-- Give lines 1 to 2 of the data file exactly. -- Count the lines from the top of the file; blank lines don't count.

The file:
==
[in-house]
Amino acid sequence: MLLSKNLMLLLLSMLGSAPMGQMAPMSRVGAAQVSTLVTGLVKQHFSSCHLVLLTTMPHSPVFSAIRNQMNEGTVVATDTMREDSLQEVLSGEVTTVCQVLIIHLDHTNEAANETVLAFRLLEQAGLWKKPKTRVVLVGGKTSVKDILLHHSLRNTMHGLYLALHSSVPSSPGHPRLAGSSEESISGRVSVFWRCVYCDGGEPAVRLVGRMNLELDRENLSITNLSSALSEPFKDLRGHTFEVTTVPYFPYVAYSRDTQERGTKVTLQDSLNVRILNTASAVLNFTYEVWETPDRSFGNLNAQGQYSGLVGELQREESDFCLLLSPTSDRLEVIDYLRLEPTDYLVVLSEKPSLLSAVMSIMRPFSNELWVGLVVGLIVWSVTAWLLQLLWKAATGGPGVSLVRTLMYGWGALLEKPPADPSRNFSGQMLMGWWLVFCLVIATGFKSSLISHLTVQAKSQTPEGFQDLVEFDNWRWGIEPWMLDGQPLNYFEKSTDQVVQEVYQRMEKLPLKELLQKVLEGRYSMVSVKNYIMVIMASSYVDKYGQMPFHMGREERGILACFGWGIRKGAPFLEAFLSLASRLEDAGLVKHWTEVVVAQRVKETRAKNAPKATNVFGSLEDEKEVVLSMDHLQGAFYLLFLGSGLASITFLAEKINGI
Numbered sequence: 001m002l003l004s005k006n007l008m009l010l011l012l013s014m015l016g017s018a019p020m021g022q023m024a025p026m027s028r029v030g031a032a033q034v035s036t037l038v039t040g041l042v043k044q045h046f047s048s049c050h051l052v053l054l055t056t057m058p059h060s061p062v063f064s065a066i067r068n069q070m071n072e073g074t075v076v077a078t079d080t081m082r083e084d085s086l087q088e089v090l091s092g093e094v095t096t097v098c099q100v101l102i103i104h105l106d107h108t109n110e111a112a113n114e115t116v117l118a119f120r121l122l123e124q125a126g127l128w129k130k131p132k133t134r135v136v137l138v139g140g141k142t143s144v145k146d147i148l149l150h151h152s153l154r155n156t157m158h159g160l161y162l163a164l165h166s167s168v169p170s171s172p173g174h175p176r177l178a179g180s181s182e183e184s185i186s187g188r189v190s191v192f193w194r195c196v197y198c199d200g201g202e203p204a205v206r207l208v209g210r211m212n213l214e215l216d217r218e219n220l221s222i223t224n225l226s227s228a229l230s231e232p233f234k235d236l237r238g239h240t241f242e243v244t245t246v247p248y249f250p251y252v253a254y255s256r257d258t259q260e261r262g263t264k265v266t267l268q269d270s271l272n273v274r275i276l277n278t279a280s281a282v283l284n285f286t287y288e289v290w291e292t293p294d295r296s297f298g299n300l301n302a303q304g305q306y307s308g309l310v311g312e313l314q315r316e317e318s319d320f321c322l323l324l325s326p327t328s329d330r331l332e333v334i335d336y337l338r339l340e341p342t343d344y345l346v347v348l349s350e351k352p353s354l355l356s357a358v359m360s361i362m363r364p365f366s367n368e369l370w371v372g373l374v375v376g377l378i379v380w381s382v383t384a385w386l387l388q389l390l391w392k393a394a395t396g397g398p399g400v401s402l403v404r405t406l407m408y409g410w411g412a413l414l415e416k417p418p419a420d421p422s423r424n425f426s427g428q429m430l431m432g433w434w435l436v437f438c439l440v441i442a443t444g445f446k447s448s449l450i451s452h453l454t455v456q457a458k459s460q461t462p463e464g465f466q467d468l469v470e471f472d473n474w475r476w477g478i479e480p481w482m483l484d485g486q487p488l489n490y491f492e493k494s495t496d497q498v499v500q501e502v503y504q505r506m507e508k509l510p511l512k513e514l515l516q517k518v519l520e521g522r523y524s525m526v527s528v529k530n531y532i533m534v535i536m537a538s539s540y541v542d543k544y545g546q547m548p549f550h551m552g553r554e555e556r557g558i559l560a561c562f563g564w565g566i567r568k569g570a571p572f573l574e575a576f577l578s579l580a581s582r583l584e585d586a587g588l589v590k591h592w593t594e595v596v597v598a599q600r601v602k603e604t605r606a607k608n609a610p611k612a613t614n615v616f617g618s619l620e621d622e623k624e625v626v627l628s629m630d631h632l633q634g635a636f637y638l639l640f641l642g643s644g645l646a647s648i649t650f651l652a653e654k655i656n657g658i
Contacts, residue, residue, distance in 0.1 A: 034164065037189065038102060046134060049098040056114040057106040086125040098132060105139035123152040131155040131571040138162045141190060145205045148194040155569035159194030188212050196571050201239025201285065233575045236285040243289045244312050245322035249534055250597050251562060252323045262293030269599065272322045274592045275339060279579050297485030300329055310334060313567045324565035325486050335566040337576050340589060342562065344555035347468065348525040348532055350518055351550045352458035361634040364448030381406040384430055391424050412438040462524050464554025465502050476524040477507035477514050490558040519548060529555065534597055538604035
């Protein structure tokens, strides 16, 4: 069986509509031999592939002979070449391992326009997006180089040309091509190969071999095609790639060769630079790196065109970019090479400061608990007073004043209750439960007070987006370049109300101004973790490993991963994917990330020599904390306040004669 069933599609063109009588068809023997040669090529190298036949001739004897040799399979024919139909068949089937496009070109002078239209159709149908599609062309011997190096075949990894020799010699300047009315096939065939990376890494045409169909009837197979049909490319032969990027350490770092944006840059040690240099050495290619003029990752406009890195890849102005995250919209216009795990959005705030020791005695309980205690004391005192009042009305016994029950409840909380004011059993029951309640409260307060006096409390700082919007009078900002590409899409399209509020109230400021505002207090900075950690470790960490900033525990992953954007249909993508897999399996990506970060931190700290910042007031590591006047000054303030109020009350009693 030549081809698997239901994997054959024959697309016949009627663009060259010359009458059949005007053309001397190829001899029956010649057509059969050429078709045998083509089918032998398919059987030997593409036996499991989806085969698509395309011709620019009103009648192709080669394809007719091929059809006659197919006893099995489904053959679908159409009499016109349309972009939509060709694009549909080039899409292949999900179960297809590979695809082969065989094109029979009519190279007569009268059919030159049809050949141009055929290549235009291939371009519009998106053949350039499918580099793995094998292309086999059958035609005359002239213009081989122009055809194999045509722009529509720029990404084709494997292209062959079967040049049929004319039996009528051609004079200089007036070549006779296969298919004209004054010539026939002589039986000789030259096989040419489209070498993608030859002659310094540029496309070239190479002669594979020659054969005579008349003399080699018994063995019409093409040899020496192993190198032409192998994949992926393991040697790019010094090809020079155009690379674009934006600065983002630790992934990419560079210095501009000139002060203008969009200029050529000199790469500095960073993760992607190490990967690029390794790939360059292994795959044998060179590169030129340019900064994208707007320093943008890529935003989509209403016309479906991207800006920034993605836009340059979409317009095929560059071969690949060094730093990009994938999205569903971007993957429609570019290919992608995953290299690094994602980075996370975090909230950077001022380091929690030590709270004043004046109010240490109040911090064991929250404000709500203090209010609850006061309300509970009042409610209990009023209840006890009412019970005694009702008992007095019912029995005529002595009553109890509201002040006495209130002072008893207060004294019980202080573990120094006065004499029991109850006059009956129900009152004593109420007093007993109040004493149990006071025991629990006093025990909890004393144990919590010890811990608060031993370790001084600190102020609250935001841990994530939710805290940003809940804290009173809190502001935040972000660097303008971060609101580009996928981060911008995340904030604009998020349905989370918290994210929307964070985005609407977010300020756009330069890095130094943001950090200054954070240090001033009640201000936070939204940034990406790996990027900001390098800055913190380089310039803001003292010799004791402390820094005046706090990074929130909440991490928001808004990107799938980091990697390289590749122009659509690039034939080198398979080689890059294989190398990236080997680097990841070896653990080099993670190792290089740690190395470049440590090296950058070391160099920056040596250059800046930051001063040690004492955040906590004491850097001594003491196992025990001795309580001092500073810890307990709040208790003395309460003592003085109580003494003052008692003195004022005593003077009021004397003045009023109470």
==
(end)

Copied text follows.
[in-house]
Amino acid sequence: MLLSKNLMLLLLSMLGSAPMGQMAPMSRVGAAQVSTLVTGLVKQHFSSCHLVLLTTMPHSPVFSAIRNQMNEGTVVATDTMREDSLQEVLSGEVTTVCQVLIIHLDHTNEAANETVLAFRLLEQAGLWKKPKTRVVLVGGKTSVKDILLHHSLRNTMHGLYLALHSSVPSSPGHPRLAGSSEESISGRVSVFWRCVYCDGGEPAVRLVGRMNLELDRENLSITNLSSALSEPFKDLRGHTFEVTTVPYFPYVAYSRDTQERGTKVTLQDSLNVRILNTASAVLNFTYEVWETPDRSFGNLNAQGQYSGLVGELQREESDFCLLLSPTSDRLEVIDYLRLEPTDYLVVLSEKPSLLSAVMSIMRPFSNELWVGLVVGLIVWSVTAWLLQLLWKAATGGPGVSLVRTLMYGWGALLEKPPADPSRNFSGQMLMGWWLVFCLVIATGFKSSLISHLTVQAKSQTPEGFQDLVEFDNWRWGIEPWMLDGQPLNYFEKSTDQVVQEVYQRMEKLPLKELLQKVLEGRYSMVSVKNYIMVIMASSYVDKYGQMPFHMGREERGILACFGWGIRKGAPFLEAFLSLASRLEDAGLVKHWTEVVVAQRVKETRAKNAPKATNVFGSLEDEKEVVLSMDHLQGAFYLLFLGSGLASITFLAEKINGI